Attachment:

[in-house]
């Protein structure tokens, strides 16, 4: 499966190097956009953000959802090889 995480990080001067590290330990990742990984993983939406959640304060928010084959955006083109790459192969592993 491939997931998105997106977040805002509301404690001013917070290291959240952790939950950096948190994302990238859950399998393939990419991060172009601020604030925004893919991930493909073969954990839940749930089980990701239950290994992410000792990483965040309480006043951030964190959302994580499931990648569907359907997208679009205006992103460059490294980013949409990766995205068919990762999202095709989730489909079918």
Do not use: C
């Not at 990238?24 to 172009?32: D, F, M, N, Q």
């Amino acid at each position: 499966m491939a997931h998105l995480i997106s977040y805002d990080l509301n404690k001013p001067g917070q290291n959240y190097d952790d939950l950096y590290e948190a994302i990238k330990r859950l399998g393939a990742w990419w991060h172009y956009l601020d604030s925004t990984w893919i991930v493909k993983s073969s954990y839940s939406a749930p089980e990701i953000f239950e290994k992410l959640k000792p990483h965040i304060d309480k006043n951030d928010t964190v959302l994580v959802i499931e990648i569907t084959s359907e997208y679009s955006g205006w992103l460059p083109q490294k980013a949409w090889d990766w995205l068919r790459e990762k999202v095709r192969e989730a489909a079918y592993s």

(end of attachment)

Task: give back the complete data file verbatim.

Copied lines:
[in-house]
């Protein structure tokens, strides 16, 4: 499966190097956009953000959802090889 995480990080001067590290330990990742990984993983939406959640304060928010084959955006083109790459192969592993 491939997931998105997106977040805002509301404690001013917070290291959240952790939950950096948190994302990238859950399998393939990419991060172009601020604030925004893919991930493909073969954990839940749930089980990701239950290994992410000792990483965040309480006043951030964190959302994580499931990648569907359907997208679009205006992103460059490294980013949409990766995205068919990762999202095709989730489909079918």
Do not use: C
């Not at 990238?24 to 172009?32: D, F, M, N, Q």
């Amino acid at each position: 499966m491939a997931h998105l995480i997106s977040y805002d990080l509301n404690k001013p001067g917070q290291n959240y190097d952790d939950l950096y590290e948190a994302i990238k330990r859950l399998g393939a990742w990419w991060h172009y956009l601020d604030s925004t990984w893919i991930v493909k993983s073969s954990y839940s939406a749930p089980e990701i953000f239950e290994k992410l959640k000792p990483h965040i304060d309480k006043n951030d928010t964190v959302l994580v959802i499931e990648i569907t084959s359907e997208y679009s955006g205006w992103l460059p083109q490294k980013a949409w090889d990766w995205l068919r790459e990762k999202v095709r192969e989730a489909a079918y592993s």